Anyone who’s ever noticed a water puddle drying in the sun has seen an environment that may have driven the type of chemical reactions that scientists believe were critical to the formation of life on the early Earth.
The important molecules of contemporary life, known as polypeptides, can be formed simply by mixing amino and hydroxy acids – which are believed to have existed together on the early Earth – then subjecting them to cycles of wet and dry conditions.
This simple process, which could have taken place in a puddle drying out in the sun and then reforming with the next rain, works because chemical bonds formed by one compound make bonds easier to form with the other.
The research supports the theory that life could have begun on dry land, perhaps even in the desert, where cycles of nighttime cooling and dew formation are followed by daytime heating and evaporation.
Just 20 of these day-night, wet-dry cycles were needed to form a complex mixture of polypeptides in the lab. The process also allowed the breakdown and reassembly of the organic materials to form random sequences that could have led to the formation of the polypeptide chains that were needed for life.
“The simplicity of using hydration-dehydration cycles to drive the kind of chemistry you need for life is really appealing,” said Nicholas Hud, a professor in the School of Chemistry and Biochemistry at the Georgia Institute of Technology. “It looks like dry land would have provided a very favorable environment for getting the chemistry necessary for life started.”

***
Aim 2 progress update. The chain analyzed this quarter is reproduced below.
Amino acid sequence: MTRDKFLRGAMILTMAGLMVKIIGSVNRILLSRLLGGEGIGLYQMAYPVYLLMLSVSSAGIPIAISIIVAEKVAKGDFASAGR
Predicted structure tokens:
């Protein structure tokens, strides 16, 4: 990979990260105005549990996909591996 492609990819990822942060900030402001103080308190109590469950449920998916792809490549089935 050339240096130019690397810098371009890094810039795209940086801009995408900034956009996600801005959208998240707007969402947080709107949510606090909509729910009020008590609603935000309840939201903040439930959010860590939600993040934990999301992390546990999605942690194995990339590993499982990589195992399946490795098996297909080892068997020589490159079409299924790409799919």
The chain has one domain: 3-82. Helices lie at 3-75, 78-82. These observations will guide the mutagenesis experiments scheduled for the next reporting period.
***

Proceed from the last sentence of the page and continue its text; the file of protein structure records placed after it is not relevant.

Origin-of-life scientists had previously made polypeptides from amino acids by heating them well past the boiling point of water, or by driving polymerization with activating chemicals.
But the high temperatures are beyond the point at which most life could survive, and the robust availability of activating chemicals on the early Earth is questionable. The simplicity of the wet-dry cycle therefore makes it attractive to explain how peptides could have formed, Hud added.